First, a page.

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A committee of inquiry (COI) has now been set up by the authorities to look into the problems besetting our train system. The situation was become so serious that it resulted in SMRT CEO Saw Phaik Hwa having to resign from her post.
It was not too long ago that the train system was efficient and reliable. Commuters would be able to make it on time for appointments without much of a problem. Of late things, things have become less certain.
Train disruptions, some lasting several hours, have become alarmingly frequent. Another occurred as recently as yesterday.
For a time these disruptions were, by and large, dismissed as something not out of the ordinary given the massive number of services provided by both the SMRT and the SBS Transit.
Under the nonchalant attitude by the authorities, however, there were signs that the stress that the trains and tracks were made to bear were causing the system’s failure.
But no one was listening as those running the system were happily wondering how much year-end bonus they would be getting given the huge jump in SMRT profits derived mainly from letting out of shop space at MRT stations.
They were patting their own backs for the upsurge in profitability. (The Malays use the word profit-tebality which means thick profit). They are so highly paid despite the fact that it is actually the staff at the lower rungs such as the technicians, train drivers and station staff who are doing the actual, heavy-duty work. And they are paid a pittance compared to what the executives are getting.
Then the inevitable happened. On 15 and 17 December 2011, trains on the North-South line broke down and close to 200,000 commuters were left stranded from two to seven hours.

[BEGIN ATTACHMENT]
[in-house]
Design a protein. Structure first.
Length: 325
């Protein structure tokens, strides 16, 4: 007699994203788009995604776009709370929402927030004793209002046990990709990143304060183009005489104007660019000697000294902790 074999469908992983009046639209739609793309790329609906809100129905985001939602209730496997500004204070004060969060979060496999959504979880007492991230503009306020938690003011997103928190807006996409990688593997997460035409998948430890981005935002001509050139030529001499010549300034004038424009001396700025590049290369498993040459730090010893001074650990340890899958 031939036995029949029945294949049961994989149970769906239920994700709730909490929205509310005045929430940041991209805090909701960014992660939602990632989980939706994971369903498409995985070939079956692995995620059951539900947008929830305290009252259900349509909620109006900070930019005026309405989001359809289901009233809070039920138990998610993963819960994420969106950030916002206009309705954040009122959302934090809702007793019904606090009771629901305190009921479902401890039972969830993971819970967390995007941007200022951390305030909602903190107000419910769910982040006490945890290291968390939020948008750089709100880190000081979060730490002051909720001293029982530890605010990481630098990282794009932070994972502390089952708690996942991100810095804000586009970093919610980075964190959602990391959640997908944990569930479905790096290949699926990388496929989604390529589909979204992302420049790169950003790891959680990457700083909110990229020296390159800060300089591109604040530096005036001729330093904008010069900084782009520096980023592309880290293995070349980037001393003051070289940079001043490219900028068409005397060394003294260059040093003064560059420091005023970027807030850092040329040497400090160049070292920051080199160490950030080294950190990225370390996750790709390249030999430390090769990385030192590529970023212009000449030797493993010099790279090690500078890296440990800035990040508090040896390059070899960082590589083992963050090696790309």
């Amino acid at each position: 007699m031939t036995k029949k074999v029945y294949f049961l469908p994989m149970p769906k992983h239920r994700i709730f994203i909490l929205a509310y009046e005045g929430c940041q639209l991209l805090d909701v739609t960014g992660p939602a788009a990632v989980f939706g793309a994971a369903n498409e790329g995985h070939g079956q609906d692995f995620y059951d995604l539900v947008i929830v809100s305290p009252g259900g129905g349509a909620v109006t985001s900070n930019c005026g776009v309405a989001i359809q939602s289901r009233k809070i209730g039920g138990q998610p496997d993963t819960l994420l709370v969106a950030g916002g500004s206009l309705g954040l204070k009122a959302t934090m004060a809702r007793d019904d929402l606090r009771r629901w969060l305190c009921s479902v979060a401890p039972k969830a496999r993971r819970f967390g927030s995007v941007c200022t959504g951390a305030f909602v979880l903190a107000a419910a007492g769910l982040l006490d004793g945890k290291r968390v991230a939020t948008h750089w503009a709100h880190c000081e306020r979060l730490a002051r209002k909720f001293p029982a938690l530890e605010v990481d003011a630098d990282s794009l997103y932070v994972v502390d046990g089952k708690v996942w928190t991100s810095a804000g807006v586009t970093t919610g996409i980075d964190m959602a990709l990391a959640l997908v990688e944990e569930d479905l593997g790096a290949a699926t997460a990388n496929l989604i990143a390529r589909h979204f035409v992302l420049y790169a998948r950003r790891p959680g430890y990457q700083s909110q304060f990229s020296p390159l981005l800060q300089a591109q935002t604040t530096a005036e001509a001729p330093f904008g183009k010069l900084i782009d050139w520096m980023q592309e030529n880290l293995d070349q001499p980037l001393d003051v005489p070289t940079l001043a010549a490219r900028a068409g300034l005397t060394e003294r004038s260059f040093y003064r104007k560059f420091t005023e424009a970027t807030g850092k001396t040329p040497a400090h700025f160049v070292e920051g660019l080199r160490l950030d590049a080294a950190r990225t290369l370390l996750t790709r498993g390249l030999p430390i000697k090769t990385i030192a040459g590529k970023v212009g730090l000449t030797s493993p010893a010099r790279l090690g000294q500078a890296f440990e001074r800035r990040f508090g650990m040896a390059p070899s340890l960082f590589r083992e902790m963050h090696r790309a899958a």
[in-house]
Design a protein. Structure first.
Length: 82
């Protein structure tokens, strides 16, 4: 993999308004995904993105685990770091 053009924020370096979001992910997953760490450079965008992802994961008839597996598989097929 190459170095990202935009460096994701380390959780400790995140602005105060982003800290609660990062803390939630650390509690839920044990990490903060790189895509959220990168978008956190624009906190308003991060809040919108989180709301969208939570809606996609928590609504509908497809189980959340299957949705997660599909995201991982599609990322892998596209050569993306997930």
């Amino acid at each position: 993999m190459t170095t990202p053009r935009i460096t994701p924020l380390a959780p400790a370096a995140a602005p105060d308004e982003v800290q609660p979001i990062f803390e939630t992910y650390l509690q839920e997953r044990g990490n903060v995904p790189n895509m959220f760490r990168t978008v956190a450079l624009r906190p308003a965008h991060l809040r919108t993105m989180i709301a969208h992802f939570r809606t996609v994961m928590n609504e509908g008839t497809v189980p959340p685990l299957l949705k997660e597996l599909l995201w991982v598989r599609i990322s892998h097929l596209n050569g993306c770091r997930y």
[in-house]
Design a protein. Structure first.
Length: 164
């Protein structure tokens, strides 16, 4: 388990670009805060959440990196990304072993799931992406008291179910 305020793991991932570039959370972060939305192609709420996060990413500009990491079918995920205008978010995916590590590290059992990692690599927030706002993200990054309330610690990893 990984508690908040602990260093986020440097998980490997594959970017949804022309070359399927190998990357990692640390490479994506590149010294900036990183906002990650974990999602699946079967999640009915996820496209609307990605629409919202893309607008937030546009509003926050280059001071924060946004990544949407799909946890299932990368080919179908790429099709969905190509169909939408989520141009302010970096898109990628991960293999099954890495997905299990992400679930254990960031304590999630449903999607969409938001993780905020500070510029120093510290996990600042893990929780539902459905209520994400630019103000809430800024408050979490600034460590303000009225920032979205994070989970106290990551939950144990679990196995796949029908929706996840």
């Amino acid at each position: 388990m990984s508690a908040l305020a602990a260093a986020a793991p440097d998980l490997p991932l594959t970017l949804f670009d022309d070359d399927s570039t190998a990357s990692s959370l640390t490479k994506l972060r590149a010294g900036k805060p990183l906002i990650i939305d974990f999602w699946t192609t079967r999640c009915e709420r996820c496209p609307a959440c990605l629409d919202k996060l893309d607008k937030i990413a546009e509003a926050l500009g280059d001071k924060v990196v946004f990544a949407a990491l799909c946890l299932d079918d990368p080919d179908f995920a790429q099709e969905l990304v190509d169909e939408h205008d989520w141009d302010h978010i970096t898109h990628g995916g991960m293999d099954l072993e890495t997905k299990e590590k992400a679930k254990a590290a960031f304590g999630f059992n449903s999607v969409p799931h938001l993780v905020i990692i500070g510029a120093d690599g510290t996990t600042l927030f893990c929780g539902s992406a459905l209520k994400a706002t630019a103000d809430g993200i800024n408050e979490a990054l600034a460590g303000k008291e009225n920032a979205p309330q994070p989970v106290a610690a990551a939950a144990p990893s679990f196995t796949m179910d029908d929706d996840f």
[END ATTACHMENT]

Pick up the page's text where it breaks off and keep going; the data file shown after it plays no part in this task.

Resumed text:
Now the COI has been tasked to find out what really happened. Anyone who takes the train regularly, especially when heading to the city, would notice that the breakdowns occurred at the stretches where trains are over-packed on a daily basis. Trains in the not-so-heavily populated areas have been spared any serious hiccups.
The key word therefore is maintenance, or in this case, the lack of it.
The influx of immigrants has put tremendous strain on the system. The heavier the usage the more rapid will be the wear and tear. Train shoes and other moveable parts need to be changed more frequently. Tracks need to be inspected at short intervals too to ensure that they are in working order.
But the real problem lies in the management of the system. The practice of a few individuals whom the PAP considers “talented” holding multiple positions is what is at fault.
Ms Saw, for example, holds positions in several other organizations. All these demanded her time and attention and resulted in the poor management of the SMRT.
Herein lies the problem, and it is not just with the SMRT, but with the PAP system at large. The elitist, top-down mentality where a few individuals take on multiple posts and myopically focus on the size of profits that they can squeeze out is what is causing Singapore problems.
Ministers’ salaries are pegged to top earners and the size of the GDP, members of parliament holding multiple directorships, and (untested) scholars appointed to high-level positions based on their paper qualifications are all part of a political-management paradigm that must be changed.
Jufrie Mahmood is Chairman of the Singapore Democratic Party.